Niseko is one of the biggest and probably the most famous ski parks in Japan. This back-country ski resort is located in a remote location in Hokkaido and comprised of 4 ski resorts, each with fresh powder snow and its own unique courses.

How to get there

  • From Shin Chitose Airport: 3 hours by train or bus (reservation required)
  • From Sapporo: 3 hours by train
  • From Hakodate: 4 hours by train

Where to stay


  • Always Niseko – Modern hotel with great service and free shuttles to the ski resort.

Mid Range


Shiga Kogen in Nagano (Most Interesting)

Shiga Kogen is an awesome ski resort that’s less known amongst travelers. It is actually one of the highest ski resorts in Japan and is very close to nature. The Shiga Highlands, one of Japan’s 9 UNESCO biosphere conservation area, is located right at the base of the ski resort and the hot spring monkey park in Jigokudani is very close as well. 

The village area is very quiet and don’t often have English support, but for those that want to experience Japan’s nature in a more remote region, Shiga Kogen is a great place to visit. 

How to get there

  • From Nagano Station: 70 minutes by train
  • From Yudanaka Station: 35 minutes by local bus
  • From Narita/Haneda: 5.5 hour bus ride (reservation required and only during season)

Where to Stay


  • Hotel Mount Shiga – Simple hotel with snow gear locker and hot spring near the ski resort.

Mid Range


Hakuba in Nagano (Most Balanced)


Hakuba is where they held the 1998 Olympics and it’s been a popular snowboard destination since. Once you’re in the Hakuba valley, you’re surrounded by white-topped mountains in every direction and there are a number of hot springs and restaurants so you can enjoy your time before and after the slopes. 

How to get there

  • From Nagano: 70 minutes by bus
  • From Tokyo: 6 hours by bus (reservation required)

Where to Stay


Mid Range


Kusatsu in Gunma (Best Onsen)

The Kusatsu ski resort is one of the more underrated places for snowboarding. The Kusatsu Onsen Village is one of the most famous hot spring areas in Japan and the ski resort is within walking distance from here.

The Kusatsu ski resort is a bit smaller than others but it’s usually not crowded so it’s a good balance. It’s also very close to Tokyo and much cheaper than other resorts so you can even make a day trip!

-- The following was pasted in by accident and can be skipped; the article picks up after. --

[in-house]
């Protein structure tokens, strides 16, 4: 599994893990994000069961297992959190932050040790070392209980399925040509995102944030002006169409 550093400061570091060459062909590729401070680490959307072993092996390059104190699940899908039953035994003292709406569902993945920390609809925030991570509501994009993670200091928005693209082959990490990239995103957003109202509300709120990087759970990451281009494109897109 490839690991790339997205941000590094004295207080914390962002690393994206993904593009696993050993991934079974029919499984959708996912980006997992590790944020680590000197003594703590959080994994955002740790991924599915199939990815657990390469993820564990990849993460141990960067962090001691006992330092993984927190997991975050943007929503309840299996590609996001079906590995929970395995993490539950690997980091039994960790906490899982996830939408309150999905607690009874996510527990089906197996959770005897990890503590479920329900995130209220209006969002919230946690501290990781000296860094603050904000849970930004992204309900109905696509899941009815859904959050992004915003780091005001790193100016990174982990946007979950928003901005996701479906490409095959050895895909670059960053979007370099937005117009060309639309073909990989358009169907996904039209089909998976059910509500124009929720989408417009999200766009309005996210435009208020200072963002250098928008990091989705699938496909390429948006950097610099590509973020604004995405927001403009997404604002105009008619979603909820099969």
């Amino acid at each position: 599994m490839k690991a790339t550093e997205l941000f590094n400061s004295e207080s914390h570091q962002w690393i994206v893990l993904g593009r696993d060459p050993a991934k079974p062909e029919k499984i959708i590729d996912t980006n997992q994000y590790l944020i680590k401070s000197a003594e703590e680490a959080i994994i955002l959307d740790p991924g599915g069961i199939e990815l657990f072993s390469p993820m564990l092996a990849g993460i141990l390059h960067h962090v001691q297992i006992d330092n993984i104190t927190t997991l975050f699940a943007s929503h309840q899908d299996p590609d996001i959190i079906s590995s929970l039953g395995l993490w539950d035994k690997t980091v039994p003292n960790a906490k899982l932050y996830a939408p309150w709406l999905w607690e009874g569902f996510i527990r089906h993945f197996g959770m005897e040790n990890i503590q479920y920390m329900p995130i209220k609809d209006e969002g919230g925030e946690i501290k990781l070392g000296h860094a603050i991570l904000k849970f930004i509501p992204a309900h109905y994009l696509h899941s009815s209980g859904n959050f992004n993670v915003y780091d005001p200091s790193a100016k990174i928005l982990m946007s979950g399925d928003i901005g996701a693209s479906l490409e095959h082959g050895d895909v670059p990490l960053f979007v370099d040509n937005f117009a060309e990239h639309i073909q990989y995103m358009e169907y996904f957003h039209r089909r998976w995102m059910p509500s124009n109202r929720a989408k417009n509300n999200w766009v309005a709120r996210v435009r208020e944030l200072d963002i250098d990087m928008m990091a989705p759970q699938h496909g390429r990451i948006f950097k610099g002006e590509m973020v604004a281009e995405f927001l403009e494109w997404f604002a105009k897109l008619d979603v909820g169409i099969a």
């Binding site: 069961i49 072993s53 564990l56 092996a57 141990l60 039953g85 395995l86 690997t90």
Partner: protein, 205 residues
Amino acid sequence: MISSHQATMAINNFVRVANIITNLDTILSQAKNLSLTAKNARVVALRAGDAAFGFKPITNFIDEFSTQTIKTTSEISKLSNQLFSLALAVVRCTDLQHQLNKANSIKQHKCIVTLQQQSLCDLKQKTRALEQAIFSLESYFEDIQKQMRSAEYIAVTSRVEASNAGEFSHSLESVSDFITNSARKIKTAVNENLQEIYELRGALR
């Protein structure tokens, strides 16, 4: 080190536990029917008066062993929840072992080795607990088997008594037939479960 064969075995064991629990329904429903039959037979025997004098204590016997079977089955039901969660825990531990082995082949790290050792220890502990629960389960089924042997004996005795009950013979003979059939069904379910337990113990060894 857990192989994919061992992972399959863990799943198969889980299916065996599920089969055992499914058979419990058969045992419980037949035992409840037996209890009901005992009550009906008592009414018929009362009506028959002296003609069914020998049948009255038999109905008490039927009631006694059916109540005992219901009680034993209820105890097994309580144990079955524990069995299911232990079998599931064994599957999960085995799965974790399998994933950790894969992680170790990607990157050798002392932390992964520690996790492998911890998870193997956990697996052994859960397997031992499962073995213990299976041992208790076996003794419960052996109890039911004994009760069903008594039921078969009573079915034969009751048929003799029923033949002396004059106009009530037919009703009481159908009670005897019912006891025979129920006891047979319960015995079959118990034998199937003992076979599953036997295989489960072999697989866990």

How to get there

  • From Kusatsu Hot Spring: 20 minute walk or shuttle bus
  • From Tokyo: 6 hours by bus (reservation required)

Where to Stay


Mid Range


  • Hotel Ichii – Spacious ryokan with Japanese and western rooms overlooking the famous Yubatake. 

Yuzawa in Niigata (Most Accessible)


Not only does the area get tremendous snowfall every year, Yuzawa is also one of the most easily accessible ski resorts from Tokyo, with an expressway and a Shinkansen station running through the area. 

The place is also filled with sightseeing spots, onsen, and restaurants which make it a great travel destination as a whole. If you happen to be traveling around in Tokyo in the winter months, I definitely recommend making a snowboard trip out to Yuzawa!

How to get there

  • From Tokyo: 90 minutes by Shinkansen or 4 hours by local train

Where to stay


  • Sports Plaza Shirakiba – Simple tatami floor rooms and has a restaurant, equipment rentals, and communal bath. 

Mid Range

  • NASPA New Otani Hotel – Standard hotel with great amenities including a pool and relaxing hot spring.


  • Hotel Futaba – 4 star hotel with Japanese and western room options and upscale outdoor bath. 

Zao in Yamagata (Most Unique)


The Zao ski resort is most famous for the thick, snow covered trees called Juhyo or “Snow Monsters”. There is so much snowfall in this area that the snow completely envelops the trees, making them look like giant snowmen.

Even with thousands of snowmen guarding the mountain, there’s still lots of room to ride your board down the slopes as Zao is one of the biggest resorts in the area. Throughout the year, Zao is also famous for its onsen, which is a perfect relaxation after a long day of winter sports. 

Snowboarding in this snowman village is a completely out of this world experience and she highly recommend taking a trip out to Zao if you can!

How to get there

  • From Yamagata: 40 minutes by bus
  • From Sendai: 100 minutes by bus
  • From Tokyo: 8 hours by bus (reservation required and only during season)

Where to stay


Mid Range


  • Zao Kokusai Hotel – Relaxing hotel with great facilities and open air hot bath. 

What are some places you like to go for snowboard? We’d love to hear your thoughts in the comments below!